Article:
they stacked at Hazle Green 360 muskets. I took away from them these arms, and mustered them out of service on the spot. But I retained two companies of recruits, who had joined the regiment, and the recruits and re-enlisted men in the other companies made another company. I found company officers participating in the spirit of the men, and was entirely satisfied that I could not march 50 of the twelve-months' men out of Kentucky. I was guided in the step I took by my judgment of what was best for the service, and by the course the Department had taken in the case of the First Kentucky Regiment, disbanded last summer. To afford an opportunity to recruit this regiment, I directed Colonel Hawkins to take position in the vicinity of Prestonburg, and to hold it until further orders. I had sent Captain Mynhier and Captain Diamond into that section to raise a regiment of infantry; they had collected several hundred men, who were sworn into the service for the war.
Mr. Ficklin had raised near Owingsville, Bath County, four companies of infantry. These marched with me from Owingsville to Harrodsburg, where it was supposed we were going to meet the enemy, but after the retreat from Kentucky was determined on, and they were called upon to pass their homes, to leave their families to the tender mercies of the Union men of Kentucky, it was more than they were willing to stand, and they vanished day after day, until Ficklin had not 20 men left before I arrived at the forks of Middle Creek (the point where my course took off directly to Pound Gap).
Captain Caudill went to Whitesburg, Letcher County, with authority to raise a regiment in the mountains of Kentucky, and in thirty days had enlisted nine full companies of infantry, with which he drove the Home Guards through several counties. Understanding that these also commenced to desert when it was expected they were to leave Kentucky immediately, I directed Caudill to remain in Kentucky with his command until further orders. Four mounted companies, under Major Johnson (formerly member of Congress from Kentucky), Caudill's nine companies (600), and three companies under Colonel Hawkins (325 men), remained in Kentucky when I crossed the mountains, and yet occupy the country from Whitesburg to Prestonburg, thus affording a point of refuge to Kentuckians who may have the will to come to the army, and, at all events, a guard along the valley of the Sandly and upon the roads leading through Pound Gap. I have dispatches from Colonel Hawkins and Major Johnson as late as the 2nd of November. The enemy had not come farther than Mount Sterling. My mounted men scout the country yet from Louisa to West Liberty, and find no enemy. This range dips into the section from which most of the recruits came, and I have a hope that they will, to a large number, rejoin our standards. I feel sure they will if they can have any sort of assurance that there will be an effort to maintain a foothold in Kentucky. In any event, they will render the passage of our friends from the State secure, with negroes and other property, and may be of vast benefit in covering droves of cattle and hogs to be driven from Kentucky into the Confederacy. If they do no more, they may require a strong party to compel them to retire from the State.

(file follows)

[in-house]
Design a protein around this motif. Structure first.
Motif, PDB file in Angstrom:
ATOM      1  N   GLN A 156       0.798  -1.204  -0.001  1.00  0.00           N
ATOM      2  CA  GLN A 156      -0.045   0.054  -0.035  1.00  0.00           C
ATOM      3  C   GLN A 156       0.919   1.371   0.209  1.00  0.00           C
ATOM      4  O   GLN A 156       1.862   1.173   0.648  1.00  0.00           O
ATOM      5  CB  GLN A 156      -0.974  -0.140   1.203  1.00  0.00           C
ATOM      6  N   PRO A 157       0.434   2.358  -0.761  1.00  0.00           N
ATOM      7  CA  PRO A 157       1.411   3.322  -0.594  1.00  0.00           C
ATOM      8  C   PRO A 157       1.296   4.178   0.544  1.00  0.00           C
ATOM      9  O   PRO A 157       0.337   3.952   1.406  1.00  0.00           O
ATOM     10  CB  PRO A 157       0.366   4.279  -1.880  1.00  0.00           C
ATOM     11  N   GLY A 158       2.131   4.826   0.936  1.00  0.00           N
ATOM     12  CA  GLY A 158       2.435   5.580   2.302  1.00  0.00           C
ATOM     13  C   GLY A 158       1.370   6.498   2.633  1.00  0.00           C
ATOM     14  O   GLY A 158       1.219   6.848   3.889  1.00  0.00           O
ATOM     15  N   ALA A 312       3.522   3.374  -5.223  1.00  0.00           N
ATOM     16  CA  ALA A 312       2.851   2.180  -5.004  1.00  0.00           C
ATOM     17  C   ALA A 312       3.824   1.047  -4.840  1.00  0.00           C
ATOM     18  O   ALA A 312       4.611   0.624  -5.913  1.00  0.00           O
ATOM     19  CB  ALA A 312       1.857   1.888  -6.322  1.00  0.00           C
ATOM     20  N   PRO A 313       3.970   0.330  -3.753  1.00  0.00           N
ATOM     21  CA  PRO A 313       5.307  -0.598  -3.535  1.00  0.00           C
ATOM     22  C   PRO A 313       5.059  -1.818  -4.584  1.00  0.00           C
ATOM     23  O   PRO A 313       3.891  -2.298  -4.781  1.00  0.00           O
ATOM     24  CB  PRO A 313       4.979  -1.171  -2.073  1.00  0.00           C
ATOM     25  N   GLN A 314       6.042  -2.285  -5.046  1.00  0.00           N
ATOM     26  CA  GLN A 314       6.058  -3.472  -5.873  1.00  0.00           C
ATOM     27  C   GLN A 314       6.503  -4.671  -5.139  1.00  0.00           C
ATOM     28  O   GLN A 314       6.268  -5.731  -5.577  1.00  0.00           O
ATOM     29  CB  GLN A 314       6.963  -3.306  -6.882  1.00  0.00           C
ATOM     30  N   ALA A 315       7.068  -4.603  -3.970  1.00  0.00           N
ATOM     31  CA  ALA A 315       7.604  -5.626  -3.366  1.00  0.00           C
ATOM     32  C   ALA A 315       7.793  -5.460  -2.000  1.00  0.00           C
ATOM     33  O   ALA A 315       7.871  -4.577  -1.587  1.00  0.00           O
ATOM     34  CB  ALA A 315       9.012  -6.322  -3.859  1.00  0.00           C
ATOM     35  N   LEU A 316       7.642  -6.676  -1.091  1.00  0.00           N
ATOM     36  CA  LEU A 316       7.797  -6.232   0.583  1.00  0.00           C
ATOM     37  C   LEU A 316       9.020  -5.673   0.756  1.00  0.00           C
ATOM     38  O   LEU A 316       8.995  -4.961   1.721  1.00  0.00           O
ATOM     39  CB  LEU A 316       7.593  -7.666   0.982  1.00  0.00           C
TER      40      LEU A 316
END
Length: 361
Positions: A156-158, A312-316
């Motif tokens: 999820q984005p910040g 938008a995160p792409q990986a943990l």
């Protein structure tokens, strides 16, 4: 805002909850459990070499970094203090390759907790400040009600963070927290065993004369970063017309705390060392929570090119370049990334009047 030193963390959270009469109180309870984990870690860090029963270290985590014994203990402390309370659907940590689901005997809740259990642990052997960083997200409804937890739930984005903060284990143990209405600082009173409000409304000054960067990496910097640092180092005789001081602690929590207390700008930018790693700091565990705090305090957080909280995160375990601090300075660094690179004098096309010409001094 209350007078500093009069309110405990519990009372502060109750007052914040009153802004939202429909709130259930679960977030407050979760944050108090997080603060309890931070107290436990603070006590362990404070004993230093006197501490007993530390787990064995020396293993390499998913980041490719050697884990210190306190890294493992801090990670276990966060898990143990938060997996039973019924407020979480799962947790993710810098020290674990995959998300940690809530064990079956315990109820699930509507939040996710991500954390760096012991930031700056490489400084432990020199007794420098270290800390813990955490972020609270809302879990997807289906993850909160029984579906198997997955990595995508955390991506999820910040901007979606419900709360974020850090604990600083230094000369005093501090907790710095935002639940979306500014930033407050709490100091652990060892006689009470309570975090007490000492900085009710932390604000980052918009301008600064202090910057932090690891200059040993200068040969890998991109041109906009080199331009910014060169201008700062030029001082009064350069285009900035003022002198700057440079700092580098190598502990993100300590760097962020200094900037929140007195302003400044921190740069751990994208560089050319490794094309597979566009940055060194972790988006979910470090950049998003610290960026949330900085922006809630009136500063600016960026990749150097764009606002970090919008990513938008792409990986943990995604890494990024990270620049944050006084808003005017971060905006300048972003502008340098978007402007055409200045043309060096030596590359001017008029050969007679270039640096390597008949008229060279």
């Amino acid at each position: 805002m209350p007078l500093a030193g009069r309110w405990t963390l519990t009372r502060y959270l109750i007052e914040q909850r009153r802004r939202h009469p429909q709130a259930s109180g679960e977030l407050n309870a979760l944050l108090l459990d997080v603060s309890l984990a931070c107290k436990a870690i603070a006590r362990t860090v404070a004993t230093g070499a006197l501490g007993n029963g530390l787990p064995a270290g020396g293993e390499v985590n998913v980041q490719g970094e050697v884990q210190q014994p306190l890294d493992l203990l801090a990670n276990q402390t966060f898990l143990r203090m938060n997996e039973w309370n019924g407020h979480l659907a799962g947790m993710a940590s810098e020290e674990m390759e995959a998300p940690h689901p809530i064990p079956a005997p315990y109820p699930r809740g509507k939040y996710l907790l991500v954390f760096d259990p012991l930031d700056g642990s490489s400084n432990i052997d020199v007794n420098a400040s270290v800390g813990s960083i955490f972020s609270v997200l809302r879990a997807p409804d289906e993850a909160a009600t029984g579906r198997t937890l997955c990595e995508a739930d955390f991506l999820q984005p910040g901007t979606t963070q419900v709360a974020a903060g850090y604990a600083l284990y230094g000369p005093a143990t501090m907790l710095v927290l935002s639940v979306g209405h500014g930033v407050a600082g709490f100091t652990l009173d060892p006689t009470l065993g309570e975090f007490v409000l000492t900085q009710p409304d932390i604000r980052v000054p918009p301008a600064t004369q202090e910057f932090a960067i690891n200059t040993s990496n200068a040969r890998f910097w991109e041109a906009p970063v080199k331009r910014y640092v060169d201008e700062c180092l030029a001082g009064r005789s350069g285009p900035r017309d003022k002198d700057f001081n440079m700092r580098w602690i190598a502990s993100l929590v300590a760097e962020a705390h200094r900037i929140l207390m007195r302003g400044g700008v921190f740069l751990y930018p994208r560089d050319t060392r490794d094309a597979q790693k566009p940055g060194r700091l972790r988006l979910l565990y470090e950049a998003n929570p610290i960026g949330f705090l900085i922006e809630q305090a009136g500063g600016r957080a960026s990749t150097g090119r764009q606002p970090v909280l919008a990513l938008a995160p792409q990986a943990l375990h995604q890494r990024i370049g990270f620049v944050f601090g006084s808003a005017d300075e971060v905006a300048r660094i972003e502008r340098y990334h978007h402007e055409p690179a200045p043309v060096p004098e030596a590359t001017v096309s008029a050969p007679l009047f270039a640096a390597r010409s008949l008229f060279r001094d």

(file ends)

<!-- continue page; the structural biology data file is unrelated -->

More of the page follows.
I felt it to be my duty to send out all the troops I had in my column, except Kentuckians, and I should have also brought them if I had not met such resistance on their part as to assure me they would desert before they would come.
Now, as to the twelve-months' men in the mounted battalion and Shawhan's cavalry company, who did come, and who now want to be discharged; I appealed to them successfully to stand by their colors until